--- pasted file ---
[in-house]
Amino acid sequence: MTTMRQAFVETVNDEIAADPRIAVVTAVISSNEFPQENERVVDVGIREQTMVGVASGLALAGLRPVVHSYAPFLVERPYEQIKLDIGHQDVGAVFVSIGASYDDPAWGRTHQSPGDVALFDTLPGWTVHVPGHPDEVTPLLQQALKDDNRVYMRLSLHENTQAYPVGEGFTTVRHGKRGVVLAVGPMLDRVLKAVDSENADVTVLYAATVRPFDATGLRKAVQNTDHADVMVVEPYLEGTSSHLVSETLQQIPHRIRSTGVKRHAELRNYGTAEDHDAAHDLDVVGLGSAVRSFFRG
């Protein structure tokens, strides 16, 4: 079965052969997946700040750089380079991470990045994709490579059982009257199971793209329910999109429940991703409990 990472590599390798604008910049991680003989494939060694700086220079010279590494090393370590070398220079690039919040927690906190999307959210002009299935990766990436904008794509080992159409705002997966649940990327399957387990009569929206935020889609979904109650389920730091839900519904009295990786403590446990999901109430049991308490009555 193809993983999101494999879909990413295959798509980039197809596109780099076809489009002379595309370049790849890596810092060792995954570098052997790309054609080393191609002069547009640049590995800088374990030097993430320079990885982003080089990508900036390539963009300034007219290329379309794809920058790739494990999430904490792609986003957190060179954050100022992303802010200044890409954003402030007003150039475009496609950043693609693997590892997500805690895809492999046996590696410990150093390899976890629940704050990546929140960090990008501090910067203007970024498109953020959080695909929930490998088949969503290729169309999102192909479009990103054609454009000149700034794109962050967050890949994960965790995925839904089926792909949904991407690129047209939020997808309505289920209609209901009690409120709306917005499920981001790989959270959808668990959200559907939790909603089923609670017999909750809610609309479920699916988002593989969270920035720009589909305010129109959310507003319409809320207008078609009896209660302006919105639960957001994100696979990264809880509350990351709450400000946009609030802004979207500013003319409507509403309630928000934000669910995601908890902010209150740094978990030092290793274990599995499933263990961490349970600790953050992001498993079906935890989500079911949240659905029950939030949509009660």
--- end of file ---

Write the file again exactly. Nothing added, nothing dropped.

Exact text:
[in-house]
Amino acid sequence: MTTMRQAFVETVNDEIAADPRIAVVTAVISSNEFPQENERVVDVGIREQTMVGVASGLALAGLRPVVHSYAPFLVERPYEQIKLDIGHQDVGAVFVSIGASYDDPAWGRTHQSPGDVALFDTLPGWTVHVPGHPDEVTPLLQQALKDDNRVYMRLSLHENTQAYPVGEGFTTVRHGKRGVVLAVGPMLDRVLKAVDSENADVTVLYAATVRPFDATGLRKAVQNTDHADVMVVEPYLEGTSSHLVSETLQQIPHRIRSTGVKRHAELRNYGTAEDHDAAHDLDVVGLGSAVRSFFRG
């Protein structure tokens, strides 16, 4: 079965052969997946700040750089380079991470990045994709490579059982009257199971793209329910999109429940991703409990 990472590599390798604008910049991680003989494939060694700086220079010279590494090393370590070398220079690039919040927690906190999307959210002009299935990766990436904008794509080992159409705002997966649940990327399957387990009569929206935020889609979904109650389920730091839900519904009295990786403590446990999901109430049991308490009555 193809993983999101494999879909990413295959798509980039197809596109780099076809489009002379595309370049790849890596810092060792995954570098052997790309054609080393191609002069547009640049590995800088374990030097993430320079990885982003080089990508900036390539963009300034007219290329379309794809920058790739494990999430904490792609986003957190060179954050100022992303802010200044890409954003402030007003150039475009496609950043693609693997590892997500805690895809492999046996590696410990150093390899976890629940704050990546929140960090990008501090910067203007970024498109953020959080695909929930490998088949969503290729169309999102192909479009990103054609454009000149700034794109962050967050890949994960965790995925839904089926792909949904991407690129047209939020997808309505289920209609209901009690409120709306917005499920981001790989959270959808668990959200559907939790909603089923609670017999909750809610609309479920699916988002593989969270920035720009589909305010129109959310507003319409809320207008078609009896209660302006919105639960957001994100696979990264809880509350990351709450400000946009609030802004979207500013003319409507509403309630928000934000669910995601908890902010209150740094978990030092290793274990599995499933263990961490349970600790953050992001498993079906935890989500079911949240659905029950939030949509009660």